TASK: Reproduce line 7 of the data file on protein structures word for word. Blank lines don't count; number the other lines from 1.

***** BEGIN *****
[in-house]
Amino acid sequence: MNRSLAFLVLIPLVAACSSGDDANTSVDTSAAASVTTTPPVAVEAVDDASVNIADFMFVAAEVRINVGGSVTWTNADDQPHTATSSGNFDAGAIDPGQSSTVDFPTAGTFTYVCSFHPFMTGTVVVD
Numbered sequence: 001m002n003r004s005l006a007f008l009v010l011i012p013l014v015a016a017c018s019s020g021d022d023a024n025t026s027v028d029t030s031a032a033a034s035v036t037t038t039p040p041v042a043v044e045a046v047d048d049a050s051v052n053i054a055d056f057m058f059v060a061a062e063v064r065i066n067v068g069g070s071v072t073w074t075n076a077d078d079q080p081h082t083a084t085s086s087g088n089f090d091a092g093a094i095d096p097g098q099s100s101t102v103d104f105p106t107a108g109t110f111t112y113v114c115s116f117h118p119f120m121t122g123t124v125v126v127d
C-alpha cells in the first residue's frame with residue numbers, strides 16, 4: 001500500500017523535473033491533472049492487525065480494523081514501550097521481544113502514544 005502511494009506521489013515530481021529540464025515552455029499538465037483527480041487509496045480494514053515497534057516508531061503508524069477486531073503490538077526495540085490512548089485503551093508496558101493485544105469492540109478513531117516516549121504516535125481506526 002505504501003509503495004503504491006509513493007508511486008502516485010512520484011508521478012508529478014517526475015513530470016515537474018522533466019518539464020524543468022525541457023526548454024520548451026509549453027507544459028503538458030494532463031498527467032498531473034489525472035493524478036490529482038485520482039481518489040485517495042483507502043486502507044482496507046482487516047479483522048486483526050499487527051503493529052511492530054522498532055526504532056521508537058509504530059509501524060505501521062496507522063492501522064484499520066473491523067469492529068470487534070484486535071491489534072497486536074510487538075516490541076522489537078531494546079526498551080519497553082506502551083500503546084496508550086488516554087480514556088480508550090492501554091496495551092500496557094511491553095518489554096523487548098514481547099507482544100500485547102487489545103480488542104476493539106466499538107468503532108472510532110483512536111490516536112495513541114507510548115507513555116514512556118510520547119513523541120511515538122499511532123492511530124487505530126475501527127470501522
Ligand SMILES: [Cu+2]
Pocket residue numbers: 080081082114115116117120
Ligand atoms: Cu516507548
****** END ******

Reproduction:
Ligand atoms: Cu516507548